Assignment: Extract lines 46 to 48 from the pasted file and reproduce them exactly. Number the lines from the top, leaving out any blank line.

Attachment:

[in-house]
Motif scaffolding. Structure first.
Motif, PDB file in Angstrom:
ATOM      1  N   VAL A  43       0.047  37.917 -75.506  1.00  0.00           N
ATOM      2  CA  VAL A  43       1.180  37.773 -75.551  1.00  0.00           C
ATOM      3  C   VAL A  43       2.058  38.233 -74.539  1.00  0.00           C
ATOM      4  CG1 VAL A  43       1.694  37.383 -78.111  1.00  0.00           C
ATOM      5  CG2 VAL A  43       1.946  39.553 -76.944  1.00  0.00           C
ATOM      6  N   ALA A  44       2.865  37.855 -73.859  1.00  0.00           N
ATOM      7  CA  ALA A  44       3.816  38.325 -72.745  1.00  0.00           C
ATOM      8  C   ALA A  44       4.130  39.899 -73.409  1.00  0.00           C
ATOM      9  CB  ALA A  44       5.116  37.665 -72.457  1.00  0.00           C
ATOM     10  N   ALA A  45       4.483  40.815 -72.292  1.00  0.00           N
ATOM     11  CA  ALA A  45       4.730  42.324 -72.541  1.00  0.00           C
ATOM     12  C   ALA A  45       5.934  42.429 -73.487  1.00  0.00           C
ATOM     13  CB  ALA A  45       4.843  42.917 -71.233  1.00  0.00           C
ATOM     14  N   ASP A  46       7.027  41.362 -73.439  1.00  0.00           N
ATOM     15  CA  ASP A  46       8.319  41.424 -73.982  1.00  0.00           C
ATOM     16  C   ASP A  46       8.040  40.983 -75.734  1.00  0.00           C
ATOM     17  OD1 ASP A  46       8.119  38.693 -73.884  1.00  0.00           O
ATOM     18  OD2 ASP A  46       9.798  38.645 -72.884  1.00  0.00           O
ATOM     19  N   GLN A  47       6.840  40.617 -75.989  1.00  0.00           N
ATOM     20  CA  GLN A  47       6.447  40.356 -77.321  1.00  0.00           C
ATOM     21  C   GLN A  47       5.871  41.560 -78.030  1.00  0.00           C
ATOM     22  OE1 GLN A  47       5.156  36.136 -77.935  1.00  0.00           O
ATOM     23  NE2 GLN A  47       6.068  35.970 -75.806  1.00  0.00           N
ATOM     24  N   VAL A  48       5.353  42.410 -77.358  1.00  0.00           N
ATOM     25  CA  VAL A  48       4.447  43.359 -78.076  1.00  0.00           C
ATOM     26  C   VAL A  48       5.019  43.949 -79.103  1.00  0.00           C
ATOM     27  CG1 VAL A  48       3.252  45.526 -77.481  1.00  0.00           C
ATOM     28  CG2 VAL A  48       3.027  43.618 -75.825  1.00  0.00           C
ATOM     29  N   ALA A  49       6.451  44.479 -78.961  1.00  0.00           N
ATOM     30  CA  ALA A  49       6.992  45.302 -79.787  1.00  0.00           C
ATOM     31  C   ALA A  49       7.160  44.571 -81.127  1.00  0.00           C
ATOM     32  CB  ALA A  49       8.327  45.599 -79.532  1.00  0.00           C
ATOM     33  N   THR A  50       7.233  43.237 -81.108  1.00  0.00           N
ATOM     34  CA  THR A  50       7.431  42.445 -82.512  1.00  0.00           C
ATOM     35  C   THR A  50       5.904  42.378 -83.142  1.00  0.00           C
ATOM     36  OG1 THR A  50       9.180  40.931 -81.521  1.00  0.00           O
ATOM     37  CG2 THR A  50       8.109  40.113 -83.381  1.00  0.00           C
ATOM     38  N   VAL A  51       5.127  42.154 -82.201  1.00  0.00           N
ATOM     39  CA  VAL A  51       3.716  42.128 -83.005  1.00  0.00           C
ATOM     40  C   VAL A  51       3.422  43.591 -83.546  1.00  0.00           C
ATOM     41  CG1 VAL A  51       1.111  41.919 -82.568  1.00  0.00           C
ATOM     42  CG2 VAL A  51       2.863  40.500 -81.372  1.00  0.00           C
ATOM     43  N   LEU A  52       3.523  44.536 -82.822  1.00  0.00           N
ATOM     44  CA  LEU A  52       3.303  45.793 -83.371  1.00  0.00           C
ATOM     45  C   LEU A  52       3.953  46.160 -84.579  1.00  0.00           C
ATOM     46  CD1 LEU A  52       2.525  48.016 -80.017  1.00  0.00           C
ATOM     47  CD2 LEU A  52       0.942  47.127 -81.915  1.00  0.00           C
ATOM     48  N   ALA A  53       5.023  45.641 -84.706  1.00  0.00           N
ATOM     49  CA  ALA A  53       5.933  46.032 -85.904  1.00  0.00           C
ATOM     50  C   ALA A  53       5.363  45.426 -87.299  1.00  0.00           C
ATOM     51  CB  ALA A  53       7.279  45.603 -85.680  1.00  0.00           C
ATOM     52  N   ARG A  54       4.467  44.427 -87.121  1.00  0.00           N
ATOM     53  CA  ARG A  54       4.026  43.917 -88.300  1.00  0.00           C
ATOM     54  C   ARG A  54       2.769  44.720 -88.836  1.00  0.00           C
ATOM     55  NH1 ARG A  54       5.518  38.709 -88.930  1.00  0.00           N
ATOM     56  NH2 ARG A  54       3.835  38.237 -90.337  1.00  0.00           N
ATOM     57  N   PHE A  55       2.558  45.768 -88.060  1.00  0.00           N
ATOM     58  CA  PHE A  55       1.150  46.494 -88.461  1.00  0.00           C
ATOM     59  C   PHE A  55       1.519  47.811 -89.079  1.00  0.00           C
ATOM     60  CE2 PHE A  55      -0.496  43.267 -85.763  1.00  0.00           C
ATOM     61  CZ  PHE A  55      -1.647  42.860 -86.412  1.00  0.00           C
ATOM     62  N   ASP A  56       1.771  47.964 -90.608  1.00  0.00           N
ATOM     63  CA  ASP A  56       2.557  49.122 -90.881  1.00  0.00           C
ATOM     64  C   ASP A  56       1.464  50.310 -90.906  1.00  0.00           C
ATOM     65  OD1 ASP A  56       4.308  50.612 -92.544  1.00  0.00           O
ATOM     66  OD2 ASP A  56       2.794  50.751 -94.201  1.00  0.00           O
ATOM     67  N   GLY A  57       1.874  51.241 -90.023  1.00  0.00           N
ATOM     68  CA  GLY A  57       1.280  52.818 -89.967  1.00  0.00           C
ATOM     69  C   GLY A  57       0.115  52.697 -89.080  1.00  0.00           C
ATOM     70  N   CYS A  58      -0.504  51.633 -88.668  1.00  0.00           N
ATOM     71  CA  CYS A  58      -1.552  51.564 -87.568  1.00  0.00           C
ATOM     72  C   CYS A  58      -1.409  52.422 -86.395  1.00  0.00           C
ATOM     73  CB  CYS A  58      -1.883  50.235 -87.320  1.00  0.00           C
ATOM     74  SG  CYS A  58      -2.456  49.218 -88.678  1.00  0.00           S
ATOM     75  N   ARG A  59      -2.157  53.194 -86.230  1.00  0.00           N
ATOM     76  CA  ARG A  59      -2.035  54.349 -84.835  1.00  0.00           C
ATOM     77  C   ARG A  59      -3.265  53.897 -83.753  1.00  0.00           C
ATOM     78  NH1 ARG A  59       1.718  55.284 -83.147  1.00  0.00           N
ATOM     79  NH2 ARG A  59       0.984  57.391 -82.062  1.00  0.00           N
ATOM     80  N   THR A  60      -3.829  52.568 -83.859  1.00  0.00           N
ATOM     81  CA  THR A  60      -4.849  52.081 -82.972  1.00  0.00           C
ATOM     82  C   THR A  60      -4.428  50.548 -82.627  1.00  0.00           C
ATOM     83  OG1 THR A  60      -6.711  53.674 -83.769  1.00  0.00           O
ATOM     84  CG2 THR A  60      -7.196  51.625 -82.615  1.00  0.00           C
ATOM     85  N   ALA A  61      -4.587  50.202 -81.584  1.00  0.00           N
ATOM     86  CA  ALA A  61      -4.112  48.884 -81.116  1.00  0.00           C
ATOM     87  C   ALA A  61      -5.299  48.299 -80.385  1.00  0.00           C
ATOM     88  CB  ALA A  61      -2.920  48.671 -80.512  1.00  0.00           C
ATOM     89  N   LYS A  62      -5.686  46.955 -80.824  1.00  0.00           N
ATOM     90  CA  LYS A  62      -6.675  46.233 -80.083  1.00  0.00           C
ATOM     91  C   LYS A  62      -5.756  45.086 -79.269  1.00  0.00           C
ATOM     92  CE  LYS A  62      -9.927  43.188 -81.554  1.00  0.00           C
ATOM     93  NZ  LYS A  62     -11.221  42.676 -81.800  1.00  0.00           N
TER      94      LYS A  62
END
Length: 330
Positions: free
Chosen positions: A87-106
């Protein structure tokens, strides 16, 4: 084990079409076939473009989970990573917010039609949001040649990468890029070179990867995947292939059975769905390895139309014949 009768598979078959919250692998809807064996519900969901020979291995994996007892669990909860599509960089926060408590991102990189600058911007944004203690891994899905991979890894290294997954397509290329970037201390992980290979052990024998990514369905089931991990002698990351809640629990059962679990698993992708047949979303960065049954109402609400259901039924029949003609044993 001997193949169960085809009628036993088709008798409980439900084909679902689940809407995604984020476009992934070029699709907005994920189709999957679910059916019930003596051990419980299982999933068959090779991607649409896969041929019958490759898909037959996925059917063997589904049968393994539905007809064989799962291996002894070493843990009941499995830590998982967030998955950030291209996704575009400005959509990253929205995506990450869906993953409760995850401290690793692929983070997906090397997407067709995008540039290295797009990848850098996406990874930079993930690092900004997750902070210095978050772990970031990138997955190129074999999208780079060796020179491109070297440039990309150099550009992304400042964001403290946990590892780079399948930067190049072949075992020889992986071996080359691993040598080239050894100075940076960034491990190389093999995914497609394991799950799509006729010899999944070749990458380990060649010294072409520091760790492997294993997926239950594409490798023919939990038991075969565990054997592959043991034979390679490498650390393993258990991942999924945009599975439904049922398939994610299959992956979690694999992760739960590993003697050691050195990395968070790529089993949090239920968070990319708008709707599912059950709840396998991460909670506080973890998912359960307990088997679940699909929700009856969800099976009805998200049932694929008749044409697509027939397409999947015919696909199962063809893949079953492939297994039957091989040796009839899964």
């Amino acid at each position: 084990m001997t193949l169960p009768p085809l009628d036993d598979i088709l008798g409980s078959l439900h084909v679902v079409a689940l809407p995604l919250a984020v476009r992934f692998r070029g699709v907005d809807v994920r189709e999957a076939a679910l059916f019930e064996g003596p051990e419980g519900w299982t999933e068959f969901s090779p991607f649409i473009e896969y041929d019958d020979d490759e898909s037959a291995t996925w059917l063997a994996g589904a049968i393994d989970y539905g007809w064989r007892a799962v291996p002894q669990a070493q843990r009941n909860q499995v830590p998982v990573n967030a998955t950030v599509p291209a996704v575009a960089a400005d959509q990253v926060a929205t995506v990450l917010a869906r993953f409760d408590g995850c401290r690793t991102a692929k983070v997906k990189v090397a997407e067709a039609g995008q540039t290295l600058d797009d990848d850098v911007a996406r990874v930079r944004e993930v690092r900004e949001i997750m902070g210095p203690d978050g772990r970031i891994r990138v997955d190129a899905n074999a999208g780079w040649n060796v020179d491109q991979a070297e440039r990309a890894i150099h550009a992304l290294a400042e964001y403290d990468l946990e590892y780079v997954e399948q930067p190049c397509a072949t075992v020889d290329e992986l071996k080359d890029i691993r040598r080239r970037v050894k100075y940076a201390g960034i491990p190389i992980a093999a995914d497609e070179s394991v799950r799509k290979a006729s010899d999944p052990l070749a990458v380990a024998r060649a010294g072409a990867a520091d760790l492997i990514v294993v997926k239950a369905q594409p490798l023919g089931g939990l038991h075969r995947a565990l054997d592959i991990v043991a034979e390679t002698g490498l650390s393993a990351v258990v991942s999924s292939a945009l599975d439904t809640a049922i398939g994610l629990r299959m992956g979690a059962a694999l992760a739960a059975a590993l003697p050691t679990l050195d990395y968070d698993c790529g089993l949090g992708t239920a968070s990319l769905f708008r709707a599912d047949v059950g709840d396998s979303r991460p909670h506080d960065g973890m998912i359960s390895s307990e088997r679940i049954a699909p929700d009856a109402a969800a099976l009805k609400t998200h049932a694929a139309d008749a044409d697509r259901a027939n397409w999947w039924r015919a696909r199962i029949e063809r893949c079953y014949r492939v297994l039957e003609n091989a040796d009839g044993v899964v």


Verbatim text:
ATOM     43  N   LEU A  52       3.523  44.536 -82.822  1.00  0.00           N
ATOM     44  CA  LEU A  52       3.303  45.793 -83.371  1.00  0.00           C
ATOM     45  C   LEU A  52       3.953  46.160 -84.579  1.00  0.00           C